They didn’t just stack up to the adult developers; they eclipsed them entirely with the most detailed, creative, utilitarian, customer-centric product development proposal we could have hoped for.
After three months of nonstop back-and-forth product development and another two months of prototype testing, we finally had our first production run complete. A team of three teenage interns spearheaded one of our loftiest product development goals and helped bring two brand-new products to fruition, working alongside our remote international team.
Here’s why it worked:
- Transparency: We were entirely transparent with our product requests, and we didn’t water them down based on what we thought they could accomplish.
- Autonomy: We gave them full creative autonomy and encouraged them to seek forgiveness later, rather than permission first — and it paid off.
- Trust: We trusted their judgment and competence, which empowered them to confidently pitch outside-the-box ideas they believed would best resonate with our audience.
- Communication: We encouraged them to share drafts, ideas, and in-progress work for ongoing feedback, rather than waiting for a finished product to make tweaks and changes.
- Nimble: They were nimble around our additional requests, and we were nimble and open to their off-the-beaten-path suggestions.
Despite having hired dozens of experts — from full-time tech developers to renowned marketing teams — I’ve yet to see a greater, faster ROI than I have on these young brand champions-turned-product development leads. I think the reason is simple: They really cared.
Sometimes, you can’t pay people enough to care, but if you do find those few that innately, sincerely care deeply about your company and your mission, they’re probably worth every penny.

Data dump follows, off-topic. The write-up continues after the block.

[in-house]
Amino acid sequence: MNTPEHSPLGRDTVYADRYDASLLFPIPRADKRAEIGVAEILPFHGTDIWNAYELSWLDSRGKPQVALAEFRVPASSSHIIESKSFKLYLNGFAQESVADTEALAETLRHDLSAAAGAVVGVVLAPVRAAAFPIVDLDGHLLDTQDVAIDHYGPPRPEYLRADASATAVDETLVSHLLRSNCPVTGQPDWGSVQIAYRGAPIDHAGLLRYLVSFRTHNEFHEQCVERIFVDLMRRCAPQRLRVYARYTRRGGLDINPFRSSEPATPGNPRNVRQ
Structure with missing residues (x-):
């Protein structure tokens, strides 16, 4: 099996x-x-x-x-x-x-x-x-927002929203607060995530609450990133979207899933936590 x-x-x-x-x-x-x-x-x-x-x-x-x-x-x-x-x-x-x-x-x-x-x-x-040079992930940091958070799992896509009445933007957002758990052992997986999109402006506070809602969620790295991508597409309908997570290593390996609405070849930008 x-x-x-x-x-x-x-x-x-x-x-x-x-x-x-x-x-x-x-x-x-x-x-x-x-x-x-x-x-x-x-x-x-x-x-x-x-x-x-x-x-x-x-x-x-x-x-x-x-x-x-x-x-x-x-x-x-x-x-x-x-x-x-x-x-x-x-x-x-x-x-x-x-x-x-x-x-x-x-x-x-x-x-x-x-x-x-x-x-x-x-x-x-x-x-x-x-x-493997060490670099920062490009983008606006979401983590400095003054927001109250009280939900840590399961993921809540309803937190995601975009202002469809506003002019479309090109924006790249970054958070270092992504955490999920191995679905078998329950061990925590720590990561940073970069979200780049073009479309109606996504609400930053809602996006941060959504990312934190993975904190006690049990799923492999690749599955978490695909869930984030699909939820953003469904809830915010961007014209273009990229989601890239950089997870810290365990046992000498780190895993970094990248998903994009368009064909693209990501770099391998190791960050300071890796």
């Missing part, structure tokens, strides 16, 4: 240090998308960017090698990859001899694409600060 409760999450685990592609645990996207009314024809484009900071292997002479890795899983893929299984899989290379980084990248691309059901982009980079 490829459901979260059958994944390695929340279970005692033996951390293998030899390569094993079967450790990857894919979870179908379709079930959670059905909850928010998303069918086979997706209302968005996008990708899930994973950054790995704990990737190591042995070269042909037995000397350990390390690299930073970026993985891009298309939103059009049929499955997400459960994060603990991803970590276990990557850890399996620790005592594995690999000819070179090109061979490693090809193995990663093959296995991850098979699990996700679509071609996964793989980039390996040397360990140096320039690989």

It works both ways
Apparently, I’m not the only entrepreneur who’s hired their former customers for a high-stakes role…
A few years ago, media headlines were plastered with the brilliant event marketing that secured tens of thousands of attendees in a one-of-a-kind worldwide campaign. It was a true case study in successful event promotion.
The person in charge of that event’s marketing? He’s my relative and someone who stumbled upon the job in a manner similar to my interns: He was a customer and brand champion who reached out to the startup’s founder to offer a contributing hand. A few years later, he was the VC-backed startup’s CMO, at the tender age of 26. He was also the one who helped them pitch multiple investors and secure 8-figures in their first round of funding.
He didn’t have a marketing background, nor a finance degree. He was merely a customer who believed so strongly in the company’s mission that he went out of his way to lend his insights and talents where needed.
Unusual engagements may offer the greatest upside
Whether you’re a brand champion, a hiring manager, or a founder and CEO, there’s no harm in exploring how an alternative opportunity to work together might result in a mutual benefit and an outsized ROI for both parties. In my experience, cultivating talent in unusual places via organic engagements can lead to the most motivated of contributors and the ability to build, launch, and market new products under the advisement of those closest to your target audience.
If you limit your hiring to the people who routinely build your products, rather than those who buy them, who knows how much valuable audience insight you could be missing in your core team?